Today, 40 percent of Nigerians are illiterate, and more than 100 million people, 61 percent of the population live on $1 a day. Nigeria’s poverty is particularly extreme in the northeast provinces, where 72 percent of the population lives in poverty, compared with 27 percent in the south and 35 percent in the Niger Delta.

This does not mean that Boko Haram can be reduced to poverty and misgovernance alone, but not can it be separated from the decades of ‘ failed governance, economic hardship, rising social inequality, corruption and impunity, gross official neglect and misrule’ that the International Crisis Group has highlighted in a searing and compelling report on the insurgency.

Like many radical Islamist movements in other parts of the world, Boko Haram flourished in those areas of society that were more or less abandoned by the state – except when it came to repression or politicians who came to harvest votes – and somehow struck a chord amongst marginalized and desperate people who no one else had even tried to reach.

These aspects of the conflict have been largely ignored during the explosion of hashtagactivist fervour, and received no attention at all during the World Economic Forum in Abuja last week, whose delegates were praised by President Goodluck Jonathan for their ‘moral support in the fight against terror.’

In fact the countries, corporations and institutions that have invested in Nigeria and profited from its economic growth, while ignoring the gross indifference of its rulers to the majority of their population are not ‘fighting terror’ – but contributing indirectly to the circumstances that fuel it, from Shell Oil, to the United States, Britain and China.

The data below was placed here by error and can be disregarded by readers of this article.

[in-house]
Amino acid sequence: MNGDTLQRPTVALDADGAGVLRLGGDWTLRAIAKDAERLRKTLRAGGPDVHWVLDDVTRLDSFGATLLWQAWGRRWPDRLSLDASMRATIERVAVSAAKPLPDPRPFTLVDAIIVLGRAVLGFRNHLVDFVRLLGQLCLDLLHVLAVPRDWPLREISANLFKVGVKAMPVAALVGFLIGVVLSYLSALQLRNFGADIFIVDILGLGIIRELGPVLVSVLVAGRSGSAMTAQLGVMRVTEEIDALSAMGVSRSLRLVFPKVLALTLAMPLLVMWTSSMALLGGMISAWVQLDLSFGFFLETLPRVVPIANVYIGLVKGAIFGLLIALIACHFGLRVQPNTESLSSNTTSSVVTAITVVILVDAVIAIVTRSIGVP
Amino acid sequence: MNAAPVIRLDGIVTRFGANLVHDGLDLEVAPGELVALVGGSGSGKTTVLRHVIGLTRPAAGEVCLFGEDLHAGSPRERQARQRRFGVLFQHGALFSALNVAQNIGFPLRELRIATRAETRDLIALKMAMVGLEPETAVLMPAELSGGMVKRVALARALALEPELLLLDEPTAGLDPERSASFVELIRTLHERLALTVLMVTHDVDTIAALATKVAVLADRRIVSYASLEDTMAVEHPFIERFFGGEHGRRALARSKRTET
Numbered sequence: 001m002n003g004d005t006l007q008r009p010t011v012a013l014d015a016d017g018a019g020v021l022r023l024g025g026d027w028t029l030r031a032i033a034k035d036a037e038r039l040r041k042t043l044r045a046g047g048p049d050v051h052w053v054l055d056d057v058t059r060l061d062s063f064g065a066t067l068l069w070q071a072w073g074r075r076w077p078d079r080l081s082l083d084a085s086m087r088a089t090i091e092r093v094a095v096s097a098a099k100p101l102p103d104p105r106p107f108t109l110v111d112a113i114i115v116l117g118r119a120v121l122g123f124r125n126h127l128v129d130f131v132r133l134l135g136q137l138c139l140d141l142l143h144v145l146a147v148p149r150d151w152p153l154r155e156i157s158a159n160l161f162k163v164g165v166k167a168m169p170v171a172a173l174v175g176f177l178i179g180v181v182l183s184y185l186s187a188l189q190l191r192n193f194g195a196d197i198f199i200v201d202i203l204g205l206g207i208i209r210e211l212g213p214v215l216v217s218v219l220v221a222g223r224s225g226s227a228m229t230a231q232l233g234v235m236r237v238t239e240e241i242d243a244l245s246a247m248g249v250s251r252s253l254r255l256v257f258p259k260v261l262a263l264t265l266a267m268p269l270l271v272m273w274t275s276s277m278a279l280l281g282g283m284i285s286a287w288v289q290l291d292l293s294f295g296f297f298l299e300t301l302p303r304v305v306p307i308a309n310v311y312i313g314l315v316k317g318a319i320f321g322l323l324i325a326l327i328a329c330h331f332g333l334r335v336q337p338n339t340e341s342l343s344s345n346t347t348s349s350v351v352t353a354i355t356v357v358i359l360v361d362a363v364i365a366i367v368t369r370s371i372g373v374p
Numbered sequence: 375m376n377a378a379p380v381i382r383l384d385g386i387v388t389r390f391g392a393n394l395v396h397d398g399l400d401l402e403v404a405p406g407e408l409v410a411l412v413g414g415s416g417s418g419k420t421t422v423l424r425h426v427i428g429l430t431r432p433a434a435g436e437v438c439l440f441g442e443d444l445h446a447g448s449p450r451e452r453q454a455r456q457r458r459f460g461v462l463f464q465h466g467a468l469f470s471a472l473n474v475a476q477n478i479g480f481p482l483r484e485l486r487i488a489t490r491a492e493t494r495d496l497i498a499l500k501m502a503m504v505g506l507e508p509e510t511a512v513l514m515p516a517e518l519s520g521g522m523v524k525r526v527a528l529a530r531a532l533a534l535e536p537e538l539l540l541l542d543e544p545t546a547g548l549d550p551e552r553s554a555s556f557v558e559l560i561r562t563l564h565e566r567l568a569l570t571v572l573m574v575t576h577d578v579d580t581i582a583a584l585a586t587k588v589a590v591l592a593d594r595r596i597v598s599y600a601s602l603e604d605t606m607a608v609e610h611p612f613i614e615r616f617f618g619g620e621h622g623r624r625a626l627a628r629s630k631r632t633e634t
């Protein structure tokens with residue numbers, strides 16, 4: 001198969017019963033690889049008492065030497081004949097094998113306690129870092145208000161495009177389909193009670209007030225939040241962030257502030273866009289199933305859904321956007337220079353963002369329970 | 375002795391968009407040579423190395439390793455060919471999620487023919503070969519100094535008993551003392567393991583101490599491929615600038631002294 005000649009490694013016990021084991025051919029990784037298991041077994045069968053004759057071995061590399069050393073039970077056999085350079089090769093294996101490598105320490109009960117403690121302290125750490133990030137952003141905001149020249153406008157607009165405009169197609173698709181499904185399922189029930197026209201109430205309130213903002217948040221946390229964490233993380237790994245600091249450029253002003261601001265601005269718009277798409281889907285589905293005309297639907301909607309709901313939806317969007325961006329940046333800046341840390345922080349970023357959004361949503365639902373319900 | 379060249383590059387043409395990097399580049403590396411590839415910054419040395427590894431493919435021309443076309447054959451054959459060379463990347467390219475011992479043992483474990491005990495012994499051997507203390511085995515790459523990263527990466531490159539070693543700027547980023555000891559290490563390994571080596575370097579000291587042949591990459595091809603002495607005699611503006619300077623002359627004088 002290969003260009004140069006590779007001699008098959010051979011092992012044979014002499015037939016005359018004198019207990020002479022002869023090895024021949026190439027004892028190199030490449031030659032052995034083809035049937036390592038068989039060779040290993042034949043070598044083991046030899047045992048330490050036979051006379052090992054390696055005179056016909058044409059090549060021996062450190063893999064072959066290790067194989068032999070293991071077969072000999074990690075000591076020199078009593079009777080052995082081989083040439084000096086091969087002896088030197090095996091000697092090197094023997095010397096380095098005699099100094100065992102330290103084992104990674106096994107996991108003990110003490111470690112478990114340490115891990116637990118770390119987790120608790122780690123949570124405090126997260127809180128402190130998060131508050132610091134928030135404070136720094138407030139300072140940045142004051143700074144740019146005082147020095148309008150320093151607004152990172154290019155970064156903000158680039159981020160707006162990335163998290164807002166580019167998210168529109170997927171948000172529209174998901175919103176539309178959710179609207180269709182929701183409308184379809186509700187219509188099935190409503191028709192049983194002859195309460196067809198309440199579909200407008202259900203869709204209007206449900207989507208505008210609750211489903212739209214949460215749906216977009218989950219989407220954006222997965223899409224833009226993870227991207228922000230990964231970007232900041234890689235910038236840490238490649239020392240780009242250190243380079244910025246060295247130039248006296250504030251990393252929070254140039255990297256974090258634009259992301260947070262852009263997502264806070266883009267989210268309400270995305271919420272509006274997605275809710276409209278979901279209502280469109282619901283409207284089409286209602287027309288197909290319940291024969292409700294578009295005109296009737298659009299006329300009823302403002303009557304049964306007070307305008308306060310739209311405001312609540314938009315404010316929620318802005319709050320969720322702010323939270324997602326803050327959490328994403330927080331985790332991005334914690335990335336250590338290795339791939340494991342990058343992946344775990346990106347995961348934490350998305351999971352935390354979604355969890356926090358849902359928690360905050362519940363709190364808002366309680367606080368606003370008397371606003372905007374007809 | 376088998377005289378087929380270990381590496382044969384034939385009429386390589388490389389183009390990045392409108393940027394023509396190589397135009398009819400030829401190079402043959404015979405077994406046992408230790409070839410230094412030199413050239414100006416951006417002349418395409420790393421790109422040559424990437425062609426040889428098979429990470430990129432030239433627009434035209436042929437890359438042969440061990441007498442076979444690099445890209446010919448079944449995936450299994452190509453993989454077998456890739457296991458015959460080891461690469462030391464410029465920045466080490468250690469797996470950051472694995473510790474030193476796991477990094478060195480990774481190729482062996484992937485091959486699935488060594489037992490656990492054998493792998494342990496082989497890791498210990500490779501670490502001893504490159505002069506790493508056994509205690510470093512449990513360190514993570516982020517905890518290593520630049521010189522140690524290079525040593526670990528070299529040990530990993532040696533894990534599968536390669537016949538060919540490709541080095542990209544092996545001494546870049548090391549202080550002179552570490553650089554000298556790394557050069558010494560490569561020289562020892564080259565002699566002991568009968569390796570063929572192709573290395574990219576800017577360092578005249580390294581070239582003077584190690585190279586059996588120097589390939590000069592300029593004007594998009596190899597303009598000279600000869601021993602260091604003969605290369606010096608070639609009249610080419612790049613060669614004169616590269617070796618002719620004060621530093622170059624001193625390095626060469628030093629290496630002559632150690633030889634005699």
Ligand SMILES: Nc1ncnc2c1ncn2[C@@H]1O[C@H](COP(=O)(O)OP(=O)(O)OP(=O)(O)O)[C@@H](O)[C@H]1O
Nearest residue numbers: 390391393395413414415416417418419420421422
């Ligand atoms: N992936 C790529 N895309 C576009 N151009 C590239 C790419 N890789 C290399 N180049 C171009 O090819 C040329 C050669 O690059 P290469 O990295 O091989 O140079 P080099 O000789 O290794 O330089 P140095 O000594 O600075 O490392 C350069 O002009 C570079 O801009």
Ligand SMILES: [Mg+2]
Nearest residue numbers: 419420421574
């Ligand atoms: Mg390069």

There is now a danger that the ‘konyisation’ of this crime will provide public support for establishing Nigeria as another ‘front’ in the West’s global  ‘war on terror’ and incorporating the struggle against Boko Haram into the US military’s Africom security axis. In the last week both Barack Obama and David Cameron have promised to ‘stand up to’ and ‘take on’ Boko Haram.

That is the last thing anyone needs, because such efforts will not ‘bring back’ the girls and may even endanger their lives.  Nor will they  defeat Boko Haram. There is not a single country where Western militarisation has succeeded in eradicating conflicts of this kind.  In most cases, such intervention has made them worse. Afghanistan, Iraq, Somalia, Yemen, Pakistan – in every case Western militarisation has been like pouring oil onto a fire.  Obama has accused Boko Haram of ‘ruthlessly killing’ hundreds of people, but so have the Nigerian security forces – not to mention his own government.